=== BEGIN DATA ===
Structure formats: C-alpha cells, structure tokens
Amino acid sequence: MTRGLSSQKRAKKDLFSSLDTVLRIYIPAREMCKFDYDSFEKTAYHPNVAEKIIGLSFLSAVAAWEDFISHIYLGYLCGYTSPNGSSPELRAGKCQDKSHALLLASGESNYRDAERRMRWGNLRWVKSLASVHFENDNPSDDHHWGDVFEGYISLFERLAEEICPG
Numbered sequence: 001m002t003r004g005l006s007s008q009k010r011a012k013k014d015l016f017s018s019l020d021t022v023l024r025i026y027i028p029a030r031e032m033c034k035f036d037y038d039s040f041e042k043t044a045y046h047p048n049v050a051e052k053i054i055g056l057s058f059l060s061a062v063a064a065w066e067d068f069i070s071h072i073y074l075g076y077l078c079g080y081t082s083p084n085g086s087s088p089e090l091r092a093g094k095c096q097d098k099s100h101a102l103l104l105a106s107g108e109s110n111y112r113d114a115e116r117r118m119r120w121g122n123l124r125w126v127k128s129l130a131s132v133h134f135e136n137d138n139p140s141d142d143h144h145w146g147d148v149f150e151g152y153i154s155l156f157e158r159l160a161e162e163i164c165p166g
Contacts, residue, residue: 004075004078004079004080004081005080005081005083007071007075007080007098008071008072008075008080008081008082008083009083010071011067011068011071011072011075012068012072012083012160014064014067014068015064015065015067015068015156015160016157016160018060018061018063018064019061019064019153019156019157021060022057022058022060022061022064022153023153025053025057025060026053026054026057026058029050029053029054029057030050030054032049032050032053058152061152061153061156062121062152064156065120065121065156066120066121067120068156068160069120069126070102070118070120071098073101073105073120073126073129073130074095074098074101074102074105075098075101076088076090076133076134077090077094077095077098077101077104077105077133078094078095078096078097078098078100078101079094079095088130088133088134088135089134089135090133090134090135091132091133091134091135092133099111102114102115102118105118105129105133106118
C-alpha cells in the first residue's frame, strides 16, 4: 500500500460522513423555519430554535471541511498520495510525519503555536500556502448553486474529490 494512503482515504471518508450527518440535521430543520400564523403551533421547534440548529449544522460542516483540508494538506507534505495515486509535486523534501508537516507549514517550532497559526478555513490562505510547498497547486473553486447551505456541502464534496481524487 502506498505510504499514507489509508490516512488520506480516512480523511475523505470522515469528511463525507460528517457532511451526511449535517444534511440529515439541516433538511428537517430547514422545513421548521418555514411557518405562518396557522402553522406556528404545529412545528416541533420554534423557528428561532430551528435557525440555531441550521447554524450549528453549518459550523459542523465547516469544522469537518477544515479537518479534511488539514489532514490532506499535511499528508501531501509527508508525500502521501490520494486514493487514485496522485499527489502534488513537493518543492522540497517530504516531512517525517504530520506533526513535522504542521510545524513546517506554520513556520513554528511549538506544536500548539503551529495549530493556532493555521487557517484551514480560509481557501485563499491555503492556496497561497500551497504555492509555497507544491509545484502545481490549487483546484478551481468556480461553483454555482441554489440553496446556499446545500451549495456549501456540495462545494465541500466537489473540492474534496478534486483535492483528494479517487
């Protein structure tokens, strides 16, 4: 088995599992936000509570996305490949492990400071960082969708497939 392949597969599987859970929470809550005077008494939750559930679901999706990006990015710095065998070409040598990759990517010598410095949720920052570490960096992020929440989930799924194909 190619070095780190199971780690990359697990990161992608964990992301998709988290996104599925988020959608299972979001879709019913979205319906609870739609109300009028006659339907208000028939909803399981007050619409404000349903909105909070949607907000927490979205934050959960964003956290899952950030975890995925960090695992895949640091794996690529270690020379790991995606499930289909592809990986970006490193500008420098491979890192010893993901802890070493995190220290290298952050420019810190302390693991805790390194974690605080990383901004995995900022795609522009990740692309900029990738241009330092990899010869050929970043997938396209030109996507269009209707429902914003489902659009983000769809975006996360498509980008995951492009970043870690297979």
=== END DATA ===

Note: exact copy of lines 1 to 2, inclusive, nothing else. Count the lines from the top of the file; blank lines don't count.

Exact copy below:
Structure formats: C-alpha cells, structure tokens
Amino acid sequence: MTRGLSSQKRAKKDLFSSLDTVLRIYIPAREMCKFDYDSFEKTAYHPNVAEKIIGLSFLSAVAAWEDFISHIYLGYLCGYTSPNGSSPELRAGKCQDKSHALLLASGESNYRDAERRMRWGNLRWVKSLASVHFENDNPSDDHHWGDVFEGYISLFERLAEEICPG